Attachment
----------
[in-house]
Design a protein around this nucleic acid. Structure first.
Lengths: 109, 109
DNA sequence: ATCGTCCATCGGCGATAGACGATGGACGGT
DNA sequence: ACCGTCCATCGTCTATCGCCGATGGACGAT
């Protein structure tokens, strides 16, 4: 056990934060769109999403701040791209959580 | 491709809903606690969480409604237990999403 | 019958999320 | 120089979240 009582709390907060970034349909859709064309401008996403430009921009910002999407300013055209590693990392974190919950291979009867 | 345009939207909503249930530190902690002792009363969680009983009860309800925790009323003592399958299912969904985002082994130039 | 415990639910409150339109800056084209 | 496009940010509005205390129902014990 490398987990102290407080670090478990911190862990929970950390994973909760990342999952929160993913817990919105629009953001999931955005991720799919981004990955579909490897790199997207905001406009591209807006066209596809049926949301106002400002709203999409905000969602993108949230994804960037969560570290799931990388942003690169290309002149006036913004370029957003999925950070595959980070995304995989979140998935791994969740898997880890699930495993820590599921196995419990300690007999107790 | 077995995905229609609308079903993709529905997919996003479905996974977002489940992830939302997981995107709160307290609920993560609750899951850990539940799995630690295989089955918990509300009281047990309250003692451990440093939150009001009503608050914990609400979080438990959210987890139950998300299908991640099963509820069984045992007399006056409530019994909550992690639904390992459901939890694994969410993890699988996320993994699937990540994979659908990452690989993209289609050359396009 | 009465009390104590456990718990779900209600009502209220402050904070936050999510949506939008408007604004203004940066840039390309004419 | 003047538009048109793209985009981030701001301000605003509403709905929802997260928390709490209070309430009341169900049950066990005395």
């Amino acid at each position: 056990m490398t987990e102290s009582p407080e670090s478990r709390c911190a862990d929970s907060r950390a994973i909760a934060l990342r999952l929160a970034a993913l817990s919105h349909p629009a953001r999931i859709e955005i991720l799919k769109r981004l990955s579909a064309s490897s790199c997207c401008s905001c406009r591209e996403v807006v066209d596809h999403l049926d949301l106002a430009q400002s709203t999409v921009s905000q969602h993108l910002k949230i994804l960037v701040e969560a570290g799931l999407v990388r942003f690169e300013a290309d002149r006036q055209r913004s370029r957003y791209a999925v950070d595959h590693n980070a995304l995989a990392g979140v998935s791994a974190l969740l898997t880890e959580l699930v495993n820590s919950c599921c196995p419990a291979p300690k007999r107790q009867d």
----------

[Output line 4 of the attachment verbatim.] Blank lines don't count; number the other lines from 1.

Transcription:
DNA sequence: ATCGTCCATCGGCGATAGACGATGGACGGT